The New York Times May 19th editorial “In Egypt, Deplorable death Sentences” starts with yet another outright fabrication.It claims that an Egyptian court has sentenced Mohamed Morsi and others to death. Had the editorial board chosen to apply basic standards of journalism, they would have disclosed that the judge actually set a date in early June to pronounce his sentence. Until that time, any reports as to what that sentence may be amount to nothing more than conjecture. Faithful to what has become its established policy, the Times again goes out of its way to absolve the Moslem Brotherhood of their crimes. At a time when the Brotherhood’s official media outlets are openly instigating their followers to violence and terrorism, this newspaper makes the claim that the Moslem Brotherhood “renounced violence in the 1970s” without providing a shred of evidence to that effect, and brushing aside the ample evidence to the opposite that has surfaced in recent years. In January of this year, the Moslim Brotherhood’s official website posted a statement in Arabic calling for a “long, uncompromising Jihad” against Egypt, while the Brotherhood-controlled TV called for the assassination of Egyptian President Abdel Fattah El Sisi. Soon thereafter, terrorist attacks in North Sinai killed more than 30 and injured nearly 100. The Times editorial makes a clumsy attempt at reinterpreting these calls as an “invitation to continue to demonstrate peacefully”. I wonder how they would defend similar Moslem Brotherhood calls to target Westerners.In an attempt to sidestep the serious events at the heart of Morsi’s trial, the editorial board sums the case this way: “He was among scores of Moslem Brotherhood members who broke free from jail after being unfairly detained in the early days of the revolution”. There is not as much as a hint to the coordinated assaults with heavy weaponry that caused those jailbreaks. The Times is even mute on the victims, the guards and inmates who were brutally murdered for Morsi and his colleagues to walk free.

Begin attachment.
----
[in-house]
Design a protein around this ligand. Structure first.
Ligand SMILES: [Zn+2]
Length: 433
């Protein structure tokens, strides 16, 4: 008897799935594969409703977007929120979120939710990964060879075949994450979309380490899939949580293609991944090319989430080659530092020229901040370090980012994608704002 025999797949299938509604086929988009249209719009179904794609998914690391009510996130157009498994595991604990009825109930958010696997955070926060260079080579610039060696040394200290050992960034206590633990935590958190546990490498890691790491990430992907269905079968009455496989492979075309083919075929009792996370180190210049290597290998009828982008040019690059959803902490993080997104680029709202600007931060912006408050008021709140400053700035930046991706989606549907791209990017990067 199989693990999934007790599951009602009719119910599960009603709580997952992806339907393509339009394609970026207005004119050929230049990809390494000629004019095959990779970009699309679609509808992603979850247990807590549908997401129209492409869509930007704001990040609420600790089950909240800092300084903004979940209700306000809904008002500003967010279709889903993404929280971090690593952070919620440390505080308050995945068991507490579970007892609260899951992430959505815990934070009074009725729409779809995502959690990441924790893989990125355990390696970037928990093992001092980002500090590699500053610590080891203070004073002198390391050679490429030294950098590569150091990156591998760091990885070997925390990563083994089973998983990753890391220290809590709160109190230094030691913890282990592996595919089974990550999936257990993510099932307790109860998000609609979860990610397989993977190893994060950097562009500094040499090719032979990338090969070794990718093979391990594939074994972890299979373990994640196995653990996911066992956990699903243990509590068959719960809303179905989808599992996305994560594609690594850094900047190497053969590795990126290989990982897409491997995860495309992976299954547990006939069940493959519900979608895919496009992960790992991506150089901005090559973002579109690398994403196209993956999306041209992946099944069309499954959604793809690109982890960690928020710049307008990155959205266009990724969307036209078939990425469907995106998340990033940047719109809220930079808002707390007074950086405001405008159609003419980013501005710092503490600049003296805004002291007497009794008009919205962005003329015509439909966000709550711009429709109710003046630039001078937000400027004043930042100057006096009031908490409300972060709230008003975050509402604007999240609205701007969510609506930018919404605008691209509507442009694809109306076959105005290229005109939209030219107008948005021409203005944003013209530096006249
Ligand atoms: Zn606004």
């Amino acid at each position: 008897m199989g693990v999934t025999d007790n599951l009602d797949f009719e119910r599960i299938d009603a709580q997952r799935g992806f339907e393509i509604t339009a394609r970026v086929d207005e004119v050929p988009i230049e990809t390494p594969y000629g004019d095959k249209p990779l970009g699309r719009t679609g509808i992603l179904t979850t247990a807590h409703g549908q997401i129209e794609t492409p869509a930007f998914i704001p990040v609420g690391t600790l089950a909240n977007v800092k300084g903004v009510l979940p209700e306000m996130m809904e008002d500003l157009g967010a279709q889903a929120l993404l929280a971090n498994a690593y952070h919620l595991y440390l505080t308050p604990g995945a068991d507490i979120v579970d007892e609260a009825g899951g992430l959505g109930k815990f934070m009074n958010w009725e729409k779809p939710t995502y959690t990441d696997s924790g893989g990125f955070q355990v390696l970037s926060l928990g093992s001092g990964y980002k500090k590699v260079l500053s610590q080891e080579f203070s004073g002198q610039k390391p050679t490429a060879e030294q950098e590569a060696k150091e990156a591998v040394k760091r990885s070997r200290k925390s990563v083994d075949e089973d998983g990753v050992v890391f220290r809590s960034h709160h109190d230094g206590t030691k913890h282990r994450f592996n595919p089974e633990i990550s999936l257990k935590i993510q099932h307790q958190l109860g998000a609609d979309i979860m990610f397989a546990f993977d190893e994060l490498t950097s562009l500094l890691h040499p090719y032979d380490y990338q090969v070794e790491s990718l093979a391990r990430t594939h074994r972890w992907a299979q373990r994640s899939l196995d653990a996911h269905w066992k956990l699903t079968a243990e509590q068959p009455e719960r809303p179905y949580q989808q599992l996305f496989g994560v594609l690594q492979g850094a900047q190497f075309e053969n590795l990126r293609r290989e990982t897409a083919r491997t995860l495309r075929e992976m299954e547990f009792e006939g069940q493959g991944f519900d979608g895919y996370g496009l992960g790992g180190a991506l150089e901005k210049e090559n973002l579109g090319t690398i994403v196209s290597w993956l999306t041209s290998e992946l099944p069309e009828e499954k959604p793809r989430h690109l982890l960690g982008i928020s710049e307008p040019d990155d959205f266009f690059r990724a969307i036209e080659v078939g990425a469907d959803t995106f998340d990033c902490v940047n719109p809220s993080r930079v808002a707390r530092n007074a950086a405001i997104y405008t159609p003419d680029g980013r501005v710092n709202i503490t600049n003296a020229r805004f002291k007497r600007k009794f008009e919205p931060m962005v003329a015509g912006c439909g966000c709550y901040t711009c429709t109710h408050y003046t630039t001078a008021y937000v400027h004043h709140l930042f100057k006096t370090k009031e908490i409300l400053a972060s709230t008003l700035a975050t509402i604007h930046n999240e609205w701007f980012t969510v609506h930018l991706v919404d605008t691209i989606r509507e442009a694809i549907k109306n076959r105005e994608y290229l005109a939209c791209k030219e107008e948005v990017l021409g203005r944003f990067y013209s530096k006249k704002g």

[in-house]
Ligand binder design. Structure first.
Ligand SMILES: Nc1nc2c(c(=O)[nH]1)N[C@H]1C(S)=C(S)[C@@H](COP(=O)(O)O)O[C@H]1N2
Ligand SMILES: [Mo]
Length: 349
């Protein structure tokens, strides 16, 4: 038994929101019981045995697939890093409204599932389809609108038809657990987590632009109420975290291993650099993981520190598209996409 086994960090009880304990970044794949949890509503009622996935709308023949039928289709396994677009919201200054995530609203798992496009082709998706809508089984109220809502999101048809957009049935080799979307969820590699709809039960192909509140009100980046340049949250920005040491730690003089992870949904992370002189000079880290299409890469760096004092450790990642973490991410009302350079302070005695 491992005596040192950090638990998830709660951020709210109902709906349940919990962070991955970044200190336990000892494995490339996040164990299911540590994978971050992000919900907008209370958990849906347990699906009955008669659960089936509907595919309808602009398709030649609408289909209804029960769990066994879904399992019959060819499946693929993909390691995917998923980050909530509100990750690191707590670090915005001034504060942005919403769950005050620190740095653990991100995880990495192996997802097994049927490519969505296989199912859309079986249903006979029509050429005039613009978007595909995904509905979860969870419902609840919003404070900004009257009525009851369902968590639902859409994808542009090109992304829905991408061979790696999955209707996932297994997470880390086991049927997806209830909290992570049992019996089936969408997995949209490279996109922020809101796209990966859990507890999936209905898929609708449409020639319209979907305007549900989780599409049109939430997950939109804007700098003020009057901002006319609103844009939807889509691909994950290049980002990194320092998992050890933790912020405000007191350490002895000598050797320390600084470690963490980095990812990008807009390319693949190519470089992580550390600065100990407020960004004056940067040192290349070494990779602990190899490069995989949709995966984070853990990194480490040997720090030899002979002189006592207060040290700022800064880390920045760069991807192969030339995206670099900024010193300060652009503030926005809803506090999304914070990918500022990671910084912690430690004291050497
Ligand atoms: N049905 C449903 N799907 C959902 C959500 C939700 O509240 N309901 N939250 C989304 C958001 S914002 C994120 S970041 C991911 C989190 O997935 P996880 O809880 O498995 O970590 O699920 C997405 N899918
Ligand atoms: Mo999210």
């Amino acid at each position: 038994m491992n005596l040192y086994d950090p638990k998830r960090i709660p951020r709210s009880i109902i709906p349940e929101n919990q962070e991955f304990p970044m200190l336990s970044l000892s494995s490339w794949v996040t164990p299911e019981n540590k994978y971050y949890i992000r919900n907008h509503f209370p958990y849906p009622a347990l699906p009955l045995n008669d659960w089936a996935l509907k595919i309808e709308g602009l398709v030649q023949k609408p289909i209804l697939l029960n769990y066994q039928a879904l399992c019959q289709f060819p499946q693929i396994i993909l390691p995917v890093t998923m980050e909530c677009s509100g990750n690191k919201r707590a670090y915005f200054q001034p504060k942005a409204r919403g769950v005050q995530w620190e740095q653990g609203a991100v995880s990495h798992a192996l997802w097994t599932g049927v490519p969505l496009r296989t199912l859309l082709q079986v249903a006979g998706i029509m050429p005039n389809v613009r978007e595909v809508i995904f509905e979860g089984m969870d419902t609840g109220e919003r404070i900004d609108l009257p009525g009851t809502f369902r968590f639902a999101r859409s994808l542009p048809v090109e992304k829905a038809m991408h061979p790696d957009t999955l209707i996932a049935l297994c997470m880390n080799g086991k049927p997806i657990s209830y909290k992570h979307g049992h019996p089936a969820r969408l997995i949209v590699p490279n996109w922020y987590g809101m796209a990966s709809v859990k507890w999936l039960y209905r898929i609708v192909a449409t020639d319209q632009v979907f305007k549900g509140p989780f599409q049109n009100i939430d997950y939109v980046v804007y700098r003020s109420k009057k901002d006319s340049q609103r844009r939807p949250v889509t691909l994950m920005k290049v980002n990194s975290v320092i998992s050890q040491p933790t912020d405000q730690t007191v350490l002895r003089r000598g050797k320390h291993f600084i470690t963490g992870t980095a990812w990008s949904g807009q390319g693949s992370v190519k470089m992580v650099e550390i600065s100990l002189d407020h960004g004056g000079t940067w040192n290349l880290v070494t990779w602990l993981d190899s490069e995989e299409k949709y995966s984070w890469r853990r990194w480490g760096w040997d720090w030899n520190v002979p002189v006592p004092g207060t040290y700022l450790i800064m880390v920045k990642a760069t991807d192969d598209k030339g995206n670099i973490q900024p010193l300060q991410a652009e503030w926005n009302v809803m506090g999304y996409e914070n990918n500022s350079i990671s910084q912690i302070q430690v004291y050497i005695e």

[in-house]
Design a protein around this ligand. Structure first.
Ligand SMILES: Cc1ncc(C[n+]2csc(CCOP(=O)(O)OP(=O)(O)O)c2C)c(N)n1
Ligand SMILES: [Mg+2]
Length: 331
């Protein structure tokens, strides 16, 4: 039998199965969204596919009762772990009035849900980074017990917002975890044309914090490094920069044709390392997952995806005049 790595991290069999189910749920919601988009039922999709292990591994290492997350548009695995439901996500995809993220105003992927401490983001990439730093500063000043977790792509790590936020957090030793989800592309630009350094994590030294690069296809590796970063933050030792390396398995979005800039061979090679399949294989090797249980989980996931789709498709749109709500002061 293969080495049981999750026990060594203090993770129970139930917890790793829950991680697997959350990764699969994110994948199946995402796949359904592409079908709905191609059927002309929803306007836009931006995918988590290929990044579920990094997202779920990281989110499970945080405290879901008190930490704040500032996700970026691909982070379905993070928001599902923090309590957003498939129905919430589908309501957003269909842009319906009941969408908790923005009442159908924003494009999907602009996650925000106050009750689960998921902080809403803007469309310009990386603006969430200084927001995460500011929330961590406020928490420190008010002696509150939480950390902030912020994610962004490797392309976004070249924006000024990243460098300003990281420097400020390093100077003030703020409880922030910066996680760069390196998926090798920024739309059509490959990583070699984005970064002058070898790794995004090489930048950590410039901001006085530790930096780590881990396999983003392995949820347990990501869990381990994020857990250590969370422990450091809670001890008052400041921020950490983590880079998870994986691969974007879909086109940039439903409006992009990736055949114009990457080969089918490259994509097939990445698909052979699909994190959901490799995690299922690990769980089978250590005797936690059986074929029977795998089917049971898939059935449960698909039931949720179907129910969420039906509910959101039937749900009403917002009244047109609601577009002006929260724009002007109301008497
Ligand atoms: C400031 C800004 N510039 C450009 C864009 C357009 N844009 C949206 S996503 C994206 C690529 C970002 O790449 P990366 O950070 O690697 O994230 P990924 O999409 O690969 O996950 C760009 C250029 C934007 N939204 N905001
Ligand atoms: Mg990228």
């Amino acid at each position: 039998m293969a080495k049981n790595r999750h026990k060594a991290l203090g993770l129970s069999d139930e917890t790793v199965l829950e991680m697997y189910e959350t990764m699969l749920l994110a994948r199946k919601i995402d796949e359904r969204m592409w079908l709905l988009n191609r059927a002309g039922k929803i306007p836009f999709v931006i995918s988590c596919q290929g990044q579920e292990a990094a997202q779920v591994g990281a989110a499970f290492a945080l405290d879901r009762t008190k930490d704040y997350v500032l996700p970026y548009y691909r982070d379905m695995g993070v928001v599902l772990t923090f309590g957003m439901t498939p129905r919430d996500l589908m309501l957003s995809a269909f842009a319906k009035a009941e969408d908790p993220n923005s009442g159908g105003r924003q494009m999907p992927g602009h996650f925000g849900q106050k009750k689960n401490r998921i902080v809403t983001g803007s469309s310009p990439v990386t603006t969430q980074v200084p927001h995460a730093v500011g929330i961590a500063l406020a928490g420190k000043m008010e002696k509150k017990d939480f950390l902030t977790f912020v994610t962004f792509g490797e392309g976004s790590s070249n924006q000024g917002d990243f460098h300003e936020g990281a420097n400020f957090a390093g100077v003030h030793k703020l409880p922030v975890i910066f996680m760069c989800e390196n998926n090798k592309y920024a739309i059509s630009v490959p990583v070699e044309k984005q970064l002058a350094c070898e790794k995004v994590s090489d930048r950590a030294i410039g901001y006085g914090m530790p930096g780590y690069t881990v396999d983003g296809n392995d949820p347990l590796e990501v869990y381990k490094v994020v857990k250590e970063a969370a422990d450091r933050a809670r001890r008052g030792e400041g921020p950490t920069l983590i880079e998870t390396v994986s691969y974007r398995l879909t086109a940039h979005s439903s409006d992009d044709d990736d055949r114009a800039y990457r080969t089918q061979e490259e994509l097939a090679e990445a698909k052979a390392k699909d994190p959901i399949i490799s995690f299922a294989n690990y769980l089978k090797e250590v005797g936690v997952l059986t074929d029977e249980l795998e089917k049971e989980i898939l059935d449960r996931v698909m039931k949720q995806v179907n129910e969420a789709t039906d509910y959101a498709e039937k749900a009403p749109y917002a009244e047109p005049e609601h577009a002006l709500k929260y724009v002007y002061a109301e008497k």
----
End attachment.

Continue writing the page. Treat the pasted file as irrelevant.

Frankly, I never expected this editorial board to mention that members of Hamas and Hezbollah were among the prisoners freed by the assailants. It simple would have been too close to the truth, exposing the network of militant organizations in our region and elsewhere, at the heart of which is, of course, the Moslem Brotherhood, without whose help these militants would have been unable to quickly resurface in Gaza and Beirut, respectively.
Even more disturbing than its misrepresentations of Egypt’s judiciary, or its unquestioning adoption of Moslem Brotherhood’s propaganda, is the Times’ attempt to explain away the actions of terrorists. Rather than condemn unequivocally the cold-blooded assassination of three Egyptian judges by terrorists, or at least show sympathy for their families’ suffering, the Times asserts that “a surge in terrorist attacks during the past two years, including recent ones targeting judges, suggests that armed violence is increasingly becoming an acceptable response”. This statement demonstrates, at best, a complete misunderstanding of the roots of radicalism. At worst, it amounts to a justification for violent extremism.
Today, terrorists in Egypt are part of a network of extremists who are bound by a singular distorted ideology, and by a shared goal of taking our region back hundreds of years. They are inspired by the radical teachings of the former Moslem Brotherhood leader Sayyid Kutb. Terrorists in Egypt share the same evil goals as terrorists in Iraq, Syria and Libya. To say that one court case will further enflame radicalism neglects the stark reality that terrorists in Egypt and across the region are already enflamed by a deadly hate. Asserting that decisions in Egypt’s legal system will breed more terrorists ignores the thousands of Western fighters who are flocking to join ISIS. According to the skewed logic of the New York Times editorial, who should bear the blame for the Oklahoma or Boston bombings?
This press release is the responsibility of its author,Embassy of Egypt Washington,DC , and does not reflect the editorial policy of The Cairo Post